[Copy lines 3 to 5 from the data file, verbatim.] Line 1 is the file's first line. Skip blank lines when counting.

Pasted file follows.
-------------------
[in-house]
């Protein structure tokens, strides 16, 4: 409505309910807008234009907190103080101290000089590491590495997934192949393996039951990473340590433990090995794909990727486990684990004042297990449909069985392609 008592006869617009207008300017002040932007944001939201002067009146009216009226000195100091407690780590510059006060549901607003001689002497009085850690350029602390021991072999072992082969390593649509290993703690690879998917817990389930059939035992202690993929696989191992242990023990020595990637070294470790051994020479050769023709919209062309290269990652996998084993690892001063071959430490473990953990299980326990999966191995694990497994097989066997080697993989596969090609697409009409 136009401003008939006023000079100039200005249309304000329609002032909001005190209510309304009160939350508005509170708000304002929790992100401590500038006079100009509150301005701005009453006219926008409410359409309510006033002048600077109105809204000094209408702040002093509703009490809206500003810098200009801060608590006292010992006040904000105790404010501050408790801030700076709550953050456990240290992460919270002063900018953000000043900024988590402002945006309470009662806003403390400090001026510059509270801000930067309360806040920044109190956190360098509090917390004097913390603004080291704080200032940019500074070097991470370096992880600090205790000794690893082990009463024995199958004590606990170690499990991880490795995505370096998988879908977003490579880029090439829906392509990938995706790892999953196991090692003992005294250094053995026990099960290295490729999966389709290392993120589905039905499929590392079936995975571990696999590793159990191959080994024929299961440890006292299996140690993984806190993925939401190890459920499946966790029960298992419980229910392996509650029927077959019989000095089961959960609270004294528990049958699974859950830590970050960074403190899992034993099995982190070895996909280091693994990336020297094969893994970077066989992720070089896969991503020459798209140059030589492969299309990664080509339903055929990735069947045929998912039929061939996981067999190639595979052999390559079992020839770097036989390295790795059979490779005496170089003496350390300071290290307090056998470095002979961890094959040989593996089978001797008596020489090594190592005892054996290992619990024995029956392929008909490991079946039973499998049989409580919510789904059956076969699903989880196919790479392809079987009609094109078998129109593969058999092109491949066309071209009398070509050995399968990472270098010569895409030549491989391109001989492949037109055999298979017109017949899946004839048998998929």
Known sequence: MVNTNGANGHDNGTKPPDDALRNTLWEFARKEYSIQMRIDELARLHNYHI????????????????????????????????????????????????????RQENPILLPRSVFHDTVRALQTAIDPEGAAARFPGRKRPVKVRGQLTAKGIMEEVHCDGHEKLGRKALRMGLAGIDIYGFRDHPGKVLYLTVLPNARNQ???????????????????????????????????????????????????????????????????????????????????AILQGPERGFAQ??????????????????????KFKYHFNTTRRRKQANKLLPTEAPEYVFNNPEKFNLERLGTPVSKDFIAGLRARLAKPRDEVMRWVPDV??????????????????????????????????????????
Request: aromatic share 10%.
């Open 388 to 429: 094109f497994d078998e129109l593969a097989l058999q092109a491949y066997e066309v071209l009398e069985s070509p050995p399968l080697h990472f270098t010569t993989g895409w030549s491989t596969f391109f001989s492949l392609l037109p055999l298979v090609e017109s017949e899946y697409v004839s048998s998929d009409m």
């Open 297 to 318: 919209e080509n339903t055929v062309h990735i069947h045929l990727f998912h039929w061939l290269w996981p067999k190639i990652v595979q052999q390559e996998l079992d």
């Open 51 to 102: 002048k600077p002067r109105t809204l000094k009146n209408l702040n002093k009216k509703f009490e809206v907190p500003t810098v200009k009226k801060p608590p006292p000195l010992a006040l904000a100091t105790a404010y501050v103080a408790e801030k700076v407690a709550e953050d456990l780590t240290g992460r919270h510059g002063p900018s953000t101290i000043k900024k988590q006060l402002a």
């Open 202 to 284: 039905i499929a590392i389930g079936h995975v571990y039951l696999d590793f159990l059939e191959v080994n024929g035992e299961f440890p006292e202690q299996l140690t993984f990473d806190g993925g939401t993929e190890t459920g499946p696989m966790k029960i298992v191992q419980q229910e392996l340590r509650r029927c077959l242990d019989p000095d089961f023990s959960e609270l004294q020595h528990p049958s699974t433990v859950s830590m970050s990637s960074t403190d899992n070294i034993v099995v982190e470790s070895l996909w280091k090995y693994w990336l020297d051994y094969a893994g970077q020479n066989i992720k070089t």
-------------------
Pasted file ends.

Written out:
Known sequence: MVNTNGANGHDNGTKPPDDALRNTLWEFARKEYSIQMRIDELARLHNYHI????????????????????????????????????????????????????RQENPILLPRSVFHDTVRALQTAIDPEGAAARFPGRKRPVKVRGQLTAKGIMEEVHCDGHEKLGRKALRMGLAGIDIYGFRDHPGKVLYLTVLPNARNQ???????????????????????????????????????????????????????????????????????????????????AILQGPERGFAQ??????????????????????KFKYHFNTTRRRKQANKLLPTEAPEYVFNNPEKFNLERLGTPVSKDFIAGLRARLAKPRDEVMRWVPDV??????????????????????????????????????????
Request: aromatic share 10%.
């Open 388 to 429: 094109f497994d078998e129109l593969a097989l058999q092109a491949y066997e066309v071209l009398e069985s070509p050995p399968l080697h990472f270098t010569t993989g895409w030549s491989t596969f391109f001989s492949l392609l037109p055999l298979v090609e017109s017949e899946y697409v004839s048998s998929d009409m």